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Neurodegenerative disorders are characterized by progressive and irreversible loss of neurons from specific regions of the brain. Prototypical neurodegenerative disorders include Parkinson disease (PD) and Huntington's disease (HD), where loss of neurons from structures of the basal ganglia results in abnormalities in the control of movement; Alzheimer's disease (AD), where the loss of hippocampal and cortical neurons leads to impairment of memory and cognitive ability; and amyotrophic lateral sclerosis (ALS), where muscular weakness results from the degeneration of spinal, bulbar, and cortical motor neurons.


As a group, these disorders are relatively common and represent a substantial medical and societal problem. They are primarily disorders of later life, developing in individuals who are neurologically normal, although childhood-onset forms of each of the disorders are recognized. PD is observed in more than 1% of individuals over the age of 65 (Tanner, 1992), whereas AD affects as many as 10% of the same population (Evans et al., 1989). HD, which is a genetically determined autosomal dominant disorder, is less frequent in the population as a whole but affects, on average, 50% of each generation in families carrying the gene. ALS also is relatively rare but often leads rapidly to disability and death (Kurtzke, 1982).


Currently available therapies for neurodegenerative disorders alleviate the disease symptoms but do not alter the underlying neurodegenerative process. Symptomatic treatment for PD, where the neurochemical deficit produced by the disease is well defined, is, in general, relatively successful, and a number of effective agents are available. The available symptomatic treatments for AD, HD, and ALS are much more limited in effectiveness. On the horizon are pharmacological treatments aimed at preventing or retarding progression of neurodegeneration. A wide range of such disease-modifying approaches hold the promise to transform the approach to both the diagnosis and the treatment of neurodegenerative disorders.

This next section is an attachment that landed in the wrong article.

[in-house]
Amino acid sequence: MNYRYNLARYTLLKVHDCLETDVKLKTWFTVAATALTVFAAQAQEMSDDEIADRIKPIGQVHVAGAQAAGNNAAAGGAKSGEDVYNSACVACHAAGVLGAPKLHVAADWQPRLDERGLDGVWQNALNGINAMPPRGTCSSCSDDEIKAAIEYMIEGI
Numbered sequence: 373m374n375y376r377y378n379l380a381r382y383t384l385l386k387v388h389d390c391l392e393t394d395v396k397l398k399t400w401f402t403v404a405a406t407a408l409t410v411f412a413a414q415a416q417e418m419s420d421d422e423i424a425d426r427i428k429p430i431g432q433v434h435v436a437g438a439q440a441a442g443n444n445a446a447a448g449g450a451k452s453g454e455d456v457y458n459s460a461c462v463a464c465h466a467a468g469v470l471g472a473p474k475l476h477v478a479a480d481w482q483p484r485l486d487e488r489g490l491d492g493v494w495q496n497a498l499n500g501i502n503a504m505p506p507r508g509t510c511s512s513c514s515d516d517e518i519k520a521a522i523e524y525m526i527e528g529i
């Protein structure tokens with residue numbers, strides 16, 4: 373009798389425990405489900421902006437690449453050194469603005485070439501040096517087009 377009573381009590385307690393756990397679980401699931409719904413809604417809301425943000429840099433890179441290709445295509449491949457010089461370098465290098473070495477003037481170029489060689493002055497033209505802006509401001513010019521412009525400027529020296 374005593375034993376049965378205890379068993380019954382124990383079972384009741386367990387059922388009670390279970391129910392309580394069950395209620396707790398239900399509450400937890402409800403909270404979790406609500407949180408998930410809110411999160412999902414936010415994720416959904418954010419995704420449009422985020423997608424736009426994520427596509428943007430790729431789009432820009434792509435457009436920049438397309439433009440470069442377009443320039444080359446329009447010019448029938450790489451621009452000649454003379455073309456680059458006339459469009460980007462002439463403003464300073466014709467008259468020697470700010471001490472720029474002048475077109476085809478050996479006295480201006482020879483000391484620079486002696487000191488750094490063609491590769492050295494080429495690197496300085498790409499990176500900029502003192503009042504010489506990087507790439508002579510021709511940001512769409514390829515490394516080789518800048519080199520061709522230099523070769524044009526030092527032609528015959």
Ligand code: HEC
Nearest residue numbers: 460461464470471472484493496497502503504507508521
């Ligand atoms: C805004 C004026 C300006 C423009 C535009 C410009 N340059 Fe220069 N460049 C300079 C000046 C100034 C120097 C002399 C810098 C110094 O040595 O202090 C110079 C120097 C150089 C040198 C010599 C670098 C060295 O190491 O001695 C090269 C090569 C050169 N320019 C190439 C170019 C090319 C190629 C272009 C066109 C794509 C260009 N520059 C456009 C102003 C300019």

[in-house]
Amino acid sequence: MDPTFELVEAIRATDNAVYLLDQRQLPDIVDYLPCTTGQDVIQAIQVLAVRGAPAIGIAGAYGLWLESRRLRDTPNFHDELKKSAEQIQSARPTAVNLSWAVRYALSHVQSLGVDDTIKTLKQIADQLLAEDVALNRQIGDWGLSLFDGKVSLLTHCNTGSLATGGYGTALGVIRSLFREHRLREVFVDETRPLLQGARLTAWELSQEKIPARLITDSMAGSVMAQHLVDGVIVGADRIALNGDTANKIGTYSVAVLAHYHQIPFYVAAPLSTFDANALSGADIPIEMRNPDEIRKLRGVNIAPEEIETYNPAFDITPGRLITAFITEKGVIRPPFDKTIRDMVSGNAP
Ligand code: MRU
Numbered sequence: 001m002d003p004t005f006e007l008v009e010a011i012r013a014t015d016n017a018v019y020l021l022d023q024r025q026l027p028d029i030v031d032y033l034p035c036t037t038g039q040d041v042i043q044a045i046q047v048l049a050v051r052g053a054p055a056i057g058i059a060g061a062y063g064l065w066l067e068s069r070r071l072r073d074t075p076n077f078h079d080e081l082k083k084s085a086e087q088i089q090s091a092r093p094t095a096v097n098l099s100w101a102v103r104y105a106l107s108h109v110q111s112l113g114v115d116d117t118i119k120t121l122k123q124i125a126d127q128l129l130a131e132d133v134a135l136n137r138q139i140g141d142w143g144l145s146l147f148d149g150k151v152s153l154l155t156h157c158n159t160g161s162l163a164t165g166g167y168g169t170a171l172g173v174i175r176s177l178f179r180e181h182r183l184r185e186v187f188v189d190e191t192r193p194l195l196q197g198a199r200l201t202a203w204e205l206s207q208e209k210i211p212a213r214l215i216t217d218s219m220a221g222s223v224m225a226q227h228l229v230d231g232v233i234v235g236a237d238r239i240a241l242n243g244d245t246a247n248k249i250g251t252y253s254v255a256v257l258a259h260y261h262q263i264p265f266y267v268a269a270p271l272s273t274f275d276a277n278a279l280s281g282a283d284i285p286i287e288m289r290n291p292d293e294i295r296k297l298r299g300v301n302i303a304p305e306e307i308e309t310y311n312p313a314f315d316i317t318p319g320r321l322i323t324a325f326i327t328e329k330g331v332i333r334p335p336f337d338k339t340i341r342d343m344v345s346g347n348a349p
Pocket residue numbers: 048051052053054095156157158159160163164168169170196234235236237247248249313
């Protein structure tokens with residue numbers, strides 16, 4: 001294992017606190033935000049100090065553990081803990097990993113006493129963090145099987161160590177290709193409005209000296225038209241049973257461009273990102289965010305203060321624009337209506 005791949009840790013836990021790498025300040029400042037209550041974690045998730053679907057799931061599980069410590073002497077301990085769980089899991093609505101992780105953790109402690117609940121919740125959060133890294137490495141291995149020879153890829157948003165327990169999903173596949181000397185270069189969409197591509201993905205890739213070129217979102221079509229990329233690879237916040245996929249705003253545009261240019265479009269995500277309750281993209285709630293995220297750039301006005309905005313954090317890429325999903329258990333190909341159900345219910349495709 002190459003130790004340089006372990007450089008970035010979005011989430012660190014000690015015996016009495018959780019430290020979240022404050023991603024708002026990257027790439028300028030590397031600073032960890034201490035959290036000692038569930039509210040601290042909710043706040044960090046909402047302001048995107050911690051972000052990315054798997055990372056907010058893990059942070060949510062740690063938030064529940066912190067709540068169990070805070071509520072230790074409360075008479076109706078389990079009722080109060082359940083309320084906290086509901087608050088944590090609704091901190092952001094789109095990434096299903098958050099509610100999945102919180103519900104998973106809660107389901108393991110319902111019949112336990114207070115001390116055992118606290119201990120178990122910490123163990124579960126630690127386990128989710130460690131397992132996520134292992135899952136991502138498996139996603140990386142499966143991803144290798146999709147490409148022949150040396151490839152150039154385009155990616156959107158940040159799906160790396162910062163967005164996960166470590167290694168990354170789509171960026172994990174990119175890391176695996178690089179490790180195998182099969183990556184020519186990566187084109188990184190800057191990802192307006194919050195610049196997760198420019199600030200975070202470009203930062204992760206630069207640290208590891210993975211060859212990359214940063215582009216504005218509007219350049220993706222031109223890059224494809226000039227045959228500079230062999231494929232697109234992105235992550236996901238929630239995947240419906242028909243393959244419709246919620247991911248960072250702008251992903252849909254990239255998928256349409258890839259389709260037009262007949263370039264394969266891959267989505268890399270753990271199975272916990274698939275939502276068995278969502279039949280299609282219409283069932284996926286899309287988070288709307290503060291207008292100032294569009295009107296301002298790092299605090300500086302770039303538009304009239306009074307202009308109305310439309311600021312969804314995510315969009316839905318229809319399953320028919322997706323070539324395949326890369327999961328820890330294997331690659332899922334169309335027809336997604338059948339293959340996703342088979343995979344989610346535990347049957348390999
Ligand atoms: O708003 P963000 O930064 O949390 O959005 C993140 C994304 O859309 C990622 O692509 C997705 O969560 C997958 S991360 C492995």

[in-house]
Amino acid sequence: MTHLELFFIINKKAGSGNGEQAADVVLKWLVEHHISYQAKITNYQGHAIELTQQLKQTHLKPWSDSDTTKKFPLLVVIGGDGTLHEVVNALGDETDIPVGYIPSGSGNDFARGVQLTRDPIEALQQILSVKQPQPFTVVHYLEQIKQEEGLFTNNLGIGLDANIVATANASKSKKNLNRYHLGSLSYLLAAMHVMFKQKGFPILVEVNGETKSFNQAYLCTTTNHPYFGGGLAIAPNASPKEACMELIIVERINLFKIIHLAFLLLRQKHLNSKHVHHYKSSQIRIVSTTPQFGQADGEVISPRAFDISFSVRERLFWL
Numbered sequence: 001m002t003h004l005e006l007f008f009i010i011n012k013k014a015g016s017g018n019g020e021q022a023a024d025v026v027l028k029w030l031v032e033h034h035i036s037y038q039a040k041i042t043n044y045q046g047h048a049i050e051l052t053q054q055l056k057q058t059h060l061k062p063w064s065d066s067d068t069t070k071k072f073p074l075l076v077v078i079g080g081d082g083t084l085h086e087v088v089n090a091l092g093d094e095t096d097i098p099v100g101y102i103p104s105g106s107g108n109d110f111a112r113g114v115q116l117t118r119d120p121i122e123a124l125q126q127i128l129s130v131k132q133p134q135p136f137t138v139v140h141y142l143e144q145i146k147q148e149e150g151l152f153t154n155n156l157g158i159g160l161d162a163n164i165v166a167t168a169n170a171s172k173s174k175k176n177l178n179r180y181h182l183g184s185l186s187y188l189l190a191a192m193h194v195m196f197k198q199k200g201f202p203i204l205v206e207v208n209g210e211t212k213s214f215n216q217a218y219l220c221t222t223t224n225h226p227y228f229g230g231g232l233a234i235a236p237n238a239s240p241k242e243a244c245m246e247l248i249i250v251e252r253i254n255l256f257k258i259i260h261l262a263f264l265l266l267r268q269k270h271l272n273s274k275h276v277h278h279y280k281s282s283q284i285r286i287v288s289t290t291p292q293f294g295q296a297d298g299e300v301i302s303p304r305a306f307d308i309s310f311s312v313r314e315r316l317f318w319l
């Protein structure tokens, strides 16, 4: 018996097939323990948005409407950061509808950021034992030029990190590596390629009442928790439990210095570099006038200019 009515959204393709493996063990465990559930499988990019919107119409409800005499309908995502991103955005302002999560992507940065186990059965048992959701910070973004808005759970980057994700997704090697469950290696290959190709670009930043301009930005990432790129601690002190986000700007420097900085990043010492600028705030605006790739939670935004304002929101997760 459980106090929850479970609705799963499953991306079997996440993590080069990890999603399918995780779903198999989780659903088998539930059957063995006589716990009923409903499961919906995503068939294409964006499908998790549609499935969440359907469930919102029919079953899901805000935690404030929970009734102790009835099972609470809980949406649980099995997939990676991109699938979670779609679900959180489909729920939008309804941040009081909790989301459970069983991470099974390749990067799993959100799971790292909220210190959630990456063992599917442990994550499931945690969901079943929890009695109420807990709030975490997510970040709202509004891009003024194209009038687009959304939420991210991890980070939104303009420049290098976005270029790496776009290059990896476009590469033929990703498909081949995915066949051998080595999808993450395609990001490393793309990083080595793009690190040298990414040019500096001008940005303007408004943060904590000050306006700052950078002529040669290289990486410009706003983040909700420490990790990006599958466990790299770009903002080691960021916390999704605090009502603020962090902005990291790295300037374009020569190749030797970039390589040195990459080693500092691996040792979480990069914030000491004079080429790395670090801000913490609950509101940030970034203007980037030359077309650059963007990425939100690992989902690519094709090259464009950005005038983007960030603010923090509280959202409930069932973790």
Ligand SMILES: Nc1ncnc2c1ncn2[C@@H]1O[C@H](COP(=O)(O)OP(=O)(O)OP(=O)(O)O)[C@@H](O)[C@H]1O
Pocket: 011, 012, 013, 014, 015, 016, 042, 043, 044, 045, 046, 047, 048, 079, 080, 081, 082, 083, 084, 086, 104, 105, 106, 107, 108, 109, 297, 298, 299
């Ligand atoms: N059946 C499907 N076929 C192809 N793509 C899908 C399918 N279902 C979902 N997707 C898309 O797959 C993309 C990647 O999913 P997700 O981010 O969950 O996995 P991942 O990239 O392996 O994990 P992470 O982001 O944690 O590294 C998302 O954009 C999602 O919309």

Selective Vulnerability. A striking feature of neurodegenerative disorders is the exquisite specificity of the disease processes for particular types of neurons. For example, in PD there is extensive destruction of the dopaminergic neurons of the substantia nigra, whereas neurons in the cortex and many other areas of the brain are unaffected. In contrast, neural injury in AD is most severe in the hippocampus and neocortex, and even within the cortex, the loss of neurons is not uniform but varies dramatically in different functional regions (Arnold et al., 1991). Even more striking is the observation that in HD the mutant gene responsible for the disorder is expressed throughout the brain and in many other organs, yet the pathological changes are most prominent in the neostriatum (Landwehrmeyer et al., 1995). In ALS, there is loss of spinal motor neurons and the cortical neurons that provide their descending input (Tandan and Bradley, 1985). The diversity of these patterns of neural degeneration suggests that the process ...

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